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The FTC announced Friday that it will formally examine whether Intel abused its dominant position

Somewhere at the headquarters of AMD, there must have been a cheer that went up on Friday.  After months of losing ground to Intel, employee layoffs, and under the shadow of Intel's looming Nehalem architecture, the company finally had some good news to be happy about.

It’s no small mystery that AMD these days simply seems incapable of outcompeting Intel.  Intel argues that this is due to its superior products.  AMD, however, has long maintained that Intel was deploying anticompetitive processes, which it says are digging it into a hole from which it cannot escape.  However, despite a passionate ad campaign and lengthy discussions with antitrust officials in the U.S., AMD has seemingly had a tough time selling its idea that Intel was cheating in the microprocessor war.

The U.S. Federal Trade Commission (FTC), which supervises free trade in the U.S., announced that it was launching a formal antitrust investigation against Intel.  The stakes are high for both Intel and AMD; the total market for microprocessors racked up $225 billion in sales last year. 

Both Intel and AMD realize what’s at stake and have spent tens of millions in legal expenses and on public relations campaigns.  AMD had previous success in Europe, Korea, and Japan -- all of which have investigated Intel or threatened it with possible fines.  However, the biggest victory -- a U.S. antitrust investigation -- seemed out of reach until this week.

State authorities and federal appointees from the Bush administration have been taking a more lenient approach to antitrust that their European counterparts.  However, the major decision Friday marked a sharp new shift in policy.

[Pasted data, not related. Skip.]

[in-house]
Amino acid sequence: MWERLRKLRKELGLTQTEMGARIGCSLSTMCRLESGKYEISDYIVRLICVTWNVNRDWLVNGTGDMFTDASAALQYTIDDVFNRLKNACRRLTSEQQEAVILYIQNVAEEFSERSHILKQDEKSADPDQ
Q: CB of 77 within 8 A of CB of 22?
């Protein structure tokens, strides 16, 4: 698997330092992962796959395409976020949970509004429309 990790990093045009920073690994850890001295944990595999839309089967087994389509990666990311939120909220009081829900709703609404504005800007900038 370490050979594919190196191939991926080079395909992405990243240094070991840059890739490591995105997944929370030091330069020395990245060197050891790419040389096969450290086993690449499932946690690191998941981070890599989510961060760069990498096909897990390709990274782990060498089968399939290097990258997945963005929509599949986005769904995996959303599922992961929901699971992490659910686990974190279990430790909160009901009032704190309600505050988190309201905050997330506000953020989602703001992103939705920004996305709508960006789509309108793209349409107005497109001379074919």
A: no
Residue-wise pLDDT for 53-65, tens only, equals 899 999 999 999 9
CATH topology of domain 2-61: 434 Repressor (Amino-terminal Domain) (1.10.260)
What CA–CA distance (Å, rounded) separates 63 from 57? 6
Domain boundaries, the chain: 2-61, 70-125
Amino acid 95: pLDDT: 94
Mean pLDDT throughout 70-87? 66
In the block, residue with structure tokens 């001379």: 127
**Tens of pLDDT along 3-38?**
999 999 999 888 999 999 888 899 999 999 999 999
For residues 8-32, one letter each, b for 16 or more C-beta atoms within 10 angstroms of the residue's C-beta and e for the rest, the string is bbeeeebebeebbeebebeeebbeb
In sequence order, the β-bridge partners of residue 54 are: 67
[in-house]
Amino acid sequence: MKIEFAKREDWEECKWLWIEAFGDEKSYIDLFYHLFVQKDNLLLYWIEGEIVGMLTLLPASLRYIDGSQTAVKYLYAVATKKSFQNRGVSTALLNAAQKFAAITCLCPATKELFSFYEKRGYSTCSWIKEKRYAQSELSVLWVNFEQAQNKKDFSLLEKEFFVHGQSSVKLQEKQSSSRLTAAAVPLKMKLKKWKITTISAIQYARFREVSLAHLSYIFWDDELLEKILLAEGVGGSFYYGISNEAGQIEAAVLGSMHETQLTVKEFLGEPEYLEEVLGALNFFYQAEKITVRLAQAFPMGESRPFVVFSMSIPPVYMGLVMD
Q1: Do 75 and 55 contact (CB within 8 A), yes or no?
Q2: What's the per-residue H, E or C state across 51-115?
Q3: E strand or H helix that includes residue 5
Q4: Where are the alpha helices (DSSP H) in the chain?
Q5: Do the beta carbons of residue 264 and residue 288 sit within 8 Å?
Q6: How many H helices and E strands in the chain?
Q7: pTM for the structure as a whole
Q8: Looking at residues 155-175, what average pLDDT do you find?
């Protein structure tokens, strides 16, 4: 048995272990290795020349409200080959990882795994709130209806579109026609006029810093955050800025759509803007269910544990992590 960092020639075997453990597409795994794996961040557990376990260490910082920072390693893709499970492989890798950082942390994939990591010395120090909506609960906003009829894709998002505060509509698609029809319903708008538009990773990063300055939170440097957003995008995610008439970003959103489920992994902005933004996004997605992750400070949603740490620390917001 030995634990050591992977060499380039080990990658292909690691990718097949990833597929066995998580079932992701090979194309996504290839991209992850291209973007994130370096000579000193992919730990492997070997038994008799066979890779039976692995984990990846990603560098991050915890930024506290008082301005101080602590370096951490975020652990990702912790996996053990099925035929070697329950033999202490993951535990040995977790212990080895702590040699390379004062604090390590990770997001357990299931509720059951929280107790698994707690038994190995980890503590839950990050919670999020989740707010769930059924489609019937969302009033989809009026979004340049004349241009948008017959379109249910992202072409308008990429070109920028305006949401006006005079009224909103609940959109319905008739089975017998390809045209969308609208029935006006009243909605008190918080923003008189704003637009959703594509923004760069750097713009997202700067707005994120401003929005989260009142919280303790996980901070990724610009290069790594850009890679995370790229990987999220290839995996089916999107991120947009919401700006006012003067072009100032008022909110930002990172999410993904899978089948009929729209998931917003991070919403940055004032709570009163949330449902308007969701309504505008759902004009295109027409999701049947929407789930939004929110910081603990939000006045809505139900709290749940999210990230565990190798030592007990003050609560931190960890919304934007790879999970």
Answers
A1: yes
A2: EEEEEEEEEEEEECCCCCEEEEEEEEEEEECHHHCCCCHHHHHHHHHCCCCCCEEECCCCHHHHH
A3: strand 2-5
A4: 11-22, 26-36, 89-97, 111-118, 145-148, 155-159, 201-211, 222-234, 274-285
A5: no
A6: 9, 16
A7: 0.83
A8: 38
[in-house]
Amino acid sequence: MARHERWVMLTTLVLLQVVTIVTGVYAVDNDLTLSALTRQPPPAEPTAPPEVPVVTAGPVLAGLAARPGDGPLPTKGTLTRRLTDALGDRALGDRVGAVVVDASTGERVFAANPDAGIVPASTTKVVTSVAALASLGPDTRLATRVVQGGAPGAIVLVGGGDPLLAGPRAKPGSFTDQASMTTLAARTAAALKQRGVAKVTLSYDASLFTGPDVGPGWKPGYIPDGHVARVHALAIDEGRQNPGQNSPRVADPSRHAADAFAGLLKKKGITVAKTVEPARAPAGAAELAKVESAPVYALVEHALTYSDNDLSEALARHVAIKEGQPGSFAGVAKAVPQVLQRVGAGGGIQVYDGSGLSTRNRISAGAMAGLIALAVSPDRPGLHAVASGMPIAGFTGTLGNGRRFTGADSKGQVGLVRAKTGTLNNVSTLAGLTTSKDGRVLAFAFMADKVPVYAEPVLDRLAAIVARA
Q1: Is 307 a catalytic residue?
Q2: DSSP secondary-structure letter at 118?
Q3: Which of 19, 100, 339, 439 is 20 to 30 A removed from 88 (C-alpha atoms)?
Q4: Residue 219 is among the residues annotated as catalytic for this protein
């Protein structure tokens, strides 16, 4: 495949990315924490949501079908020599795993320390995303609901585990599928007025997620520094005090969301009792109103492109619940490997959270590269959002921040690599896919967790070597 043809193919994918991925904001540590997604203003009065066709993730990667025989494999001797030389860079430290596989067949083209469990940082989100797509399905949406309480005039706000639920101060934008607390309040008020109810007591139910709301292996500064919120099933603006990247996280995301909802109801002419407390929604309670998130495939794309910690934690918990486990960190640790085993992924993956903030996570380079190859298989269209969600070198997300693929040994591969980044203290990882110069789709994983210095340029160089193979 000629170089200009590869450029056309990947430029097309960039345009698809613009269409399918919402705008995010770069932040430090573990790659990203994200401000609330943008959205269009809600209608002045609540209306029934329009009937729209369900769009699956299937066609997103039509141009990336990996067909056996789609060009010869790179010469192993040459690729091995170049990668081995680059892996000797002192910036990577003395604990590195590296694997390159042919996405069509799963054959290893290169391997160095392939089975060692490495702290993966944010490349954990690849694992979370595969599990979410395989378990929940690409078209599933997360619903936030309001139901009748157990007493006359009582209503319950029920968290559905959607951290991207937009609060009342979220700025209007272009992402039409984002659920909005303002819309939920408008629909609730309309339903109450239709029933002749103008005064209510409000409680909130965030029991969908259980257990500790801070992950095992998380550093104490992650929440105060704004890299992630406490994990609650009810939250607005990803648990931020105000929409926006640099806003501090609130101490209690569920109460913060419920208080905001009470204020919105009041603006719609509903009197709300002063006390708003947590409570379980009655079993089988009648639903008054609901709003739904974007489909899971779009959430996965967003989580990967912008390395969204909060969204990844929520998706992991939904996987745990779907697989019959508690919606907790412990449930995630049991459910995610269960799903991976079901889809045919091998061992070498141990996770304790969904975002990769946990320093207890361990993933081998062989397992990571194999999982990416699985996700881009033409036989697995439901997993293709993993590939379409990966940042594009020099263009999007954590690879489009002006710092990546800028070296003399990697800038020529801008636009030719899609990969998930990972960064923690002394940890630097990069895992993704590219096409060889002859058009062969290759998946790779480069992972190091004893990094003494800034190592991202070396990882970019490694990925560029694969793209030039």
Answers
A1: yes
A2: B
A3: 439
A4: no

The new investigation originated with the new blood -- William E. Kovacic, the new chairman of the trade commission.  With the backing of his fellow commissioners, he reversed the decision of Deborah P. Majoras, the previous chair, who had been blocking the investigation for months to the frustration of those on Capitol Hill.  Majoras was a more lenient appointee, and helped work out the antitrust settlement in 2001 with Microsoft.

It will take months before formal charges against Intel might be made, so the upcoming administration’s stance will greatly factor into the case.  AMD is relying on the federal case as only one state -- New York, at the behest of attorney general Andrew M. Cuomo -- has agreed to investigate Intel on a state level.  California attorney general Jerry Brown denied AMD's pleas, derisively commenting that he was "not barking at every truck that comes down the street."

D. Bruce Sewell, Intel’s senior vice president and general counsel, says that the U.S. antitrust laws are different than European ones, and it will not be charged.  Intel is planning on racking up its Capitol Hill efforts, though, likely in the form of lobbyist dollars.

The first signs of the upcoming bad news for Intel appeared when chip manufacturers began to get subpoenaed by the FTC.  The FTC is working with Europe and other foreign governments to obtain evidence to use against Intel in a possible case.  Mr. Sewell said that he was working amiably with the FTC on a less formal review since 2006 and that Intel would remain cooperative.

AMD's top executives expressed their pleasure over the Commission's decision.  Tom McCoy, executive vice president for legal affairs at AMD, stated, "Intel must now answer to the Federal Trade Commission, which is the appropriate way to determine the impact of Intel practices on U.S. consumers and technology businesses.  In every country around the world where Intel’s business practices have been investigated, including the decision by South Korea this week, antitrust regulators have taken action."